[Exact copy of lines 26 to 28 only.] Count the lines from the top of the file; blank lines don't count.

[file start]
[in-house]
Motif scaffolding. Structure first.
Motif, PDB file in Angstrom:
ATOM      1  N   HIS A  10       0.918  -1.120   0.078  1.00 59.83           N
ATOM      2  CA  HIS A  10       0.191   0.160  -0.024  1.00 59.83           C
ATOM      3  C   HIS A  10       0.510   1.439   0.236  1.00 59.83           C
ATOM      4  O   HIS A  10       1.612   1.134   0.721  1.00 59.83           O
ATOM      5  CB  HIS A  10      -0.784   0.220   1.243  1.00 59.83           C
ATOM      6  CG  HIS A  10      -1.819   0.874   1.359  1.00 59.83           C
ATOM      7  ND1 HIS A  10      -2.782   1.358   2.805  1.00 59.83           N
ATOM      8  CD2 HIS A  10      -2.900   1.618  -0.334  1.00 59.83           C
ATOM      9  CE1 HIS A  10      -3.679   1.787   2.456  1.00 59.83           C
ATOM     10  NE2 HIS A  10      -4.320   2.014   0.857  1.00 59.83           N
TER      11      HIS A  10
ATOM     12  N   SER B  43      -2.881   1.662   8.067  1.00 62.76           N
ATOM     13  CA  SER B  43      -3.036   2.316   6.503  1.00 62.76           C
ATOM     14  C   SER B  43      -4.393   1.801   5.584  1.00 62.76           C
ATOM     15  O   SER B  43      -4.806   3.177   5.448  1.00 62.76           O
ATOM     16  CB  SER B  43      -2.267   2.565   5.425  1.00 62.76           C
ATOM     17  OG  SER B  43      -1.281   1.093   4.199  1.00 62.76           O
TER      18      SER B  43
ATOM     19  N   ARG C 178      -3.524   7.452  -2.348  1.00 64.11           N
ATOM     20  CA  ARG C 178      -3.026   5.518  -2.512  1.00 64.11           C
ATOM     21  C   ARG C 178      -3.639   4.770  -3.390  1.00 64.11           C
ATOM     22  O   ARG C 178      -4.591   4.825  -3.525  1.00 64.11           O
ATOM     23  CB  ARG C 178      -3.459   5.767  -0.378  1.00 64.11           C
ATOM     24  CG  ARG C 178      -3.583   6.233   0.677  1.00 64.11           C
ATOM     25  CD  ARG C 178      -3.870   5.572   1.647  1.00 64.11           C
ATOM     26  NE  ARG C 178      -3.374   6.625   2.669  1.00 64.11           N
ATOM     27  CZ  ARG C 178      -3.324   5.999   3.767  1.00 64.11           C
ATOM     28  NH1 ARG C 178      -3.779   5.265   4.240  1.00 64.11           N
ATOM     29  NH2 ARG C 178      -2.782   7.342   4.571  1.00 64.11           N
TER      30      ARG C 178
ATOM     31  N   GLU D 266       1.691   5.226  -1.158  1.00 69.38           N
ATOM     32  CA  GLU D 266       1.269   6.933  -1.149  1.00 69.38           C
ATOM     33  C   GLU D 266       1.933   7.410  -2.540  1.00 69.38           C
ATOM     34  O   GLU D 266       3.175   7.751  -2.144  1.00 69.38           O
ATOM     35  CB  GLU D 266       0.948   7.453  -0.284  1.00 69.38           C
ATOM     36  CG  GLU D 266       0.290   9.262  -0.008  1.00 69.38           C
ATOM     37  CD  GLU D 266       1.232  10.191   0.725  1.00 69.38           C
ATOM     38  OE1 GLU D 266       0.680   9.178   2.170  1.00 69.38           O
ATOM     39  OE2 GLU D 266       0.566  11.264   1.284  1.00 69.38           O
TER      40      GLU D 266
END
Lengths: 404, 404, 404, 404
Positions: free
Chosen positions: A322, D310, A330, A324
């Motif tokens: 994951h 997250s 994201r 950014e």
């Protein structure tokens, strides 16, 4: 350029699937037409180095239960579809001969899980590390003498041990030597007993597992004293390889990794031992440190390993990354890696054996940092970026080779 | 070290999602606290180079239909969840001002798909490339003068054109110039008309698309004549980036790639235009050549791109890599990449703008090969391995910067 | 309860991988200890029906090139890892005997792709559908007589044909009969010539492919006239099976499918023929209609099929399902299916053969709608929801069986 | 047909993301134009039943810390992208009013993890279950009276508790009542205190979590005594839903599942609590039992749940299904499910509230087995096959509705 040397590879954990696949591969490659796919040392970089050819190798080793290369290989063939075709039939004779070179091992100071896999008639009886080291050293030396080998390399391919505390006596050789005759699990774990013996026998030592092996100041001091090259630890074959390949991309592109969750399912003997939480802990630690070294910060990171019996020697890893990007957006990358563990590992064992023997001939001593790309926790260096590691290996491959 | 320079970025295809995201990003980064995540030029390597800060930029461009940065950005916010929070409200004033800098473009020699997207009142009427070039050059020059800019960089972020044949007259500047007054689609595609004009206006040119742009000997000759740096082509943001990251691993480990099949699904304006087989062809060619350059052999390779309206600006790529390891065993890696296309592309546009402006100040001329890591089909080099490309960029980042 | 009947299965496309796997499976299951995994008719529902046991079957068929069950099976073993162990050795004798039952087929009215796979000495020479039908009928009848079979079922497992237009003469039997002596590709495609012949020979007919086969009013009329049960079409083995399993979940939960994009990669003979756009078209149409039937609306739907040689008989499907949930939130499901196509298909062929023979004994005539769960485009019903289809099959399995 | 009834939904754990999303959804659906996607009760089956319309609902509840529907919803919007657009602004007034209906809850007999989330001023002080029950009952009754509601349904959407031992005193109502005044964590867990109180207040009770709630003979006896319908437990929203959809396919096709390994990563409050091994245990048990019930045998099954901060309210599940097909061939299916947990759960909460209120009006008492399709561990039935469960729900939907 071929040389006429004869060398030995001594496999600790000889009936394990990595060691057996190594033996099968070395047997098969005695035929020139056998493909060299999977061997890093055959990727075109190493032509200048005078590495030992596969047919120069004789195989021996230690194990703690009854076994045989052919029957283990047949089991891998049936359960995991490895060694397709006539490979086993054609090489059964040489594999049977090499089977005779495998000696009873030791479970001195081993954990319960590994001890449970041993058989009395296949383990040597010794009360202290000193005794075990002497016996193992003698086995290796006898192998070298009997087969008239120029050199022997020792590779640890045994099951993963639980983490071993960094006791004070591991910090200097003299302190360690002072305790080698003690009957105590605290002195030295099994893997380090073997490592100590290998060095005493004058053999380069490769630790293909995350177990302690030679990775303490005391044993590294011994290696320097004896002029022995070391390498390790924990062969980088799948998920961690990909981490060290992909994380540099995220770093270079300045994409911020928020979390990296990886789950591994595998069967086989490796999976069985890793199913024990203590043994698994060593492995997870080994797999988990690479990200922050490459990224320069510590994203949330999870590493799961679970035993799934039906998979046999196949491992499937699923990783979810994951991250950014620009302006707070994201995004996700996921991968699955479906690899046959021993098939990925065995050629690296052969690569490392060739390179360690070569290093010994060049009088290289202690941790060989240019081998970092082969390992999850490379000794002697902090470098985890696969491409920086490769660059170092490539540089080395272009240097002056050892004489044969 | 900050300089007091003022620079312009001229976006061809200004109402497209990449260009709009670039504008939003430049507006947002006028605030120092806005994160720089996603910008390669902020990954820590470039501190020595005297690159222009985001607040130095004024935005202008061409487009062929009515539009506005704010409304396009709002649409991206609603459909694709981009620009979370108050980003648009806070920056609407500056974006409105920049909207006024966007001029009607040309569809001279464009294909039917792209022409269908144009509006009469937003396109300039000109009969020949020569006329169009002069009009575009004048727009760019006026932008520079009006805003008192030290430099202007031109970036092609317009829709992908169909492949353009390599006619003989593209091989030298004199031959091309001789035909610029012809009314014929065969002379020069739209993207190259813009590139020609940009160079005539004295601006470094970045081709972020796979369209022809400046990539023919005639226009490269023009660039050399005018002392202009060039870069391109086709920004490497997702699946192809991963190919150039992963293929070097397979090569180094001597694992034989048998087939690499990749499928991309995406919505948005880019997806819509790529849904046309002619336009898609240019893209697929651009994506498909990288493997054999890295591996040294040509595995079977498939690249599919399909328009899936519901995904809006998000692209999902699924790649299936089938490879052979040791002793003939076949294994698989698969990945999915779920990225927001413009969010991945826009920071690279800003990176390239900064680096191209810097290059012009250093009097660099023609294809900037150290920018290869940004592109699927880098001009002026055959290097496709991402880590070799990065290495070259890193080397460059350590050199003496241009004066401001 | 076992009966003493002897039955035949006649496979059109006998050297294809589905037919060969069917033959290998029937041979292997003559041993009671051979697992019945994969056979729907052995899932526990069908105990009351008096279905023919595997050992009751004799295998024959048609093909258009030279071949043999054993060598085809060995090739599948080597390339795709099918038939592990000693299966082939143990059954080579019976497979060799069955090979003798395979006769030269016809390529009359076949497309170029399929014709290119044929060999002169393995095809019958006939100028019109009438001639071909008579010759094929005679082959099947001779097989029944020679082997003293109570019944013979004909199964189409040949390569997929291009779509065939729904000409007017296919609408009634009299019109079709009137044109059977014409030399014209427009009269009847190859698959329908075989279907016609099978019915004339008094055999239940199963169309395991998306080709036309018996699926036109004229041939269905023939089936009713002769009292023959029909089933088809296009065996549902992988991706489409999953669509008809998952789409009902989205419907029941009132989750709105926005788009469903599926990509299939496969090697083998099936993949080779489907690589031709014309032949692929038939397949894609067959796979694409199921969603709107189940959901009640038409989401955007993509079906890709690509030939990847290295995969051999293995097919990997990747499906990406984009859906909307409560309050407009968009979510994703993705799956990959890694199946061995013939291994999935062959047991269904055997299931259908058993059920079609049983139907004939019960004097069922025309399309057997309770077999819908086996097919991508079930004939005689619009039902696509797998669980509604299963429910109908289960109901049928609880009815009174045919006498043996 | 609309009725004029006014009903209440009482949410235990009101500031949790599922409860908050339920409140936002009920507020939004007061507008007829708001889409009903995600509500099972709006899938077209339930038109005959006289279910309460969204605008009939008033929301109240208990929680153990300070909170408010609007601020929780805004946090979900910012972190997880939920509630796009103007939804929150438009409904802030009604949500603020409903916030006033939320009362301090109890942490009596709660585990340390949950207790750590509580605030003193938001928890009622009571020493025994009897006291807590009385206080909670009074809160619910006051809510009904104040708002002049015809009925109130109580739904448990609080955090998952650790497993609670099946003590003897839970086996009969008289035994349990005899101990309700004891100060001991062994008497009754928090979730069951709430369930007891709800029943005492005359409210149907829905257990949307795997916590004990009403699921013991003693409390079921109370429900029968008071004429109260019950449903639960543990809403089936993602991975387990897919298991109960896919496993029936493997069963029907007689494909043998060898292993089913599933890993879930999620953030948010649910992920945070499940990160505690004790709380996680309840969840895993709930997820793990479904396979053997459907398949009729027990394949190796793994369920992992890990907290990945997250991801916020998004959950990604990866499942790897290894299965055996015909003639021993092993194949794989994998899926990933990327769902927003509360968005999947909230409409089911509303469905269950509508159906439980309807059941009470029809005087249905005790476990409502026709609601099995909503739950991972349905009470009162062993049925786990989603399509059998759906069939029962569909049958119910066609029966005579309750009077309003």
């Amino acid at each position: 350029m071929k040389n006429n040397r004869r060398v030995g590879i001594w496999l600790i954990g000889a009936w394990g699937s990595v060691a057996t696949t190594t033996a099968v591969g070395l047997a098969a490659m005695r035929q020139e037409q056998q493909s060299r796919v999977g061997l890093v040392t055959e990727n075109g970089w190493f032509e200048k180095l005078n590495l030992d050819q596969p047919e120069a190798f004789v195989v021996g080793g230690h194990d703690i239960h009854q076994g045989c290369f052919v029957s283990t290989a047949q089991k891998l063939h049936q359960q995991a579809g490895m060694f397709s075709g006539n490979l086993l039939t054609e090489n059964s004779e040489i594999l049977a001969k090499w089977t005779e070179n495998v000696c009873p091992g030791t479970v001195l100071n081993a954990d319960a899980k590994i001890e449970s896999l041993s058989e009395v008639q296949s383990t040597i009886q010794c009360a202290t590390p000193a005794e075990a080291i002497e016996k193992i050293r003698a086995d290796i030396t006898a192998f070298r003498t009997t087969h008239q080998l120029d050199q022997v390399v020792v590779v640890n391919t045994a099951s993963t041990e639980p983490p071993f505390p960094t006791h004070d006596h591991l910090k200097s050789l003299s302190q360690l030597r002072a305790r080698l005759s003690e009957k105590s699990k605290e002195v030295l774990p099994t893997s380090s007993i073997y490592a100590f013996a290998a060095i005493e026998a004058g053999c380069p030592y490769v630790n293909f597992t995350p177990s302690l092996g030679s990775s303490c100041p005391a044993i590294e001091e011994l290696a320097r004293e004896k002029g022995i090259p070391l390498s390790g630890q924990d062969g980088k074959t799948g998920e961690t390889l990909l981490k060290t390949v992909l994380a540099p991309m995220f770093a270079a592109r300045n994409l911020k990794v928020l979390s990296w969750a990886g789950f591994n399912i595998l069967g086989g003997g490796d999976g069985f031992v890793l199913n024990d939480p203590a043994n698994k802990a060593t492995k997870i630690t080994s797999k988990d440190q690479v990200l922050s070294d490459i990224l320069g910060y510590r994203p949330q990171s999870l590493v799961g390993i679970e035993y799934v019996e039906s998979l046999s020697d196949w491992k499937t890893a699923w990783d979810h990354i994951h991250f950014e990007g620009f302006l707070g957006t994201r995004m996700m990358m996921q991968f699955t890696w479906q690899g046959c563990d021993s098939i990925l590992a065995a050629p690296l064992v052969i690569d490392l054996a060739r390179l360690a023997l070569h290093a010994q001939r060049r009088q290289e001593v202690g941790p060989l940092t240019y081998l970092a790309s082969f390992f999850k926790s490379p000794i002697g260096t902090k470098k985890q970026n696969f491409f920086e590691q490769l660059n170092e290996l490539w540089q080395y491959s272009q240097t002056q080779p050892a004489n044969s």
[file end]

ATOM     23  CB  ARG C 178      -3.459   5.767  -0.378  1.00 64.11           C
ATOM     24  CG  ARG C 178      -3.583   6.233   0.677  1.00 64.11           C
ATOM     25  CD  ARG C 178      -3.870   5.572   1.647  1.00 64.11           C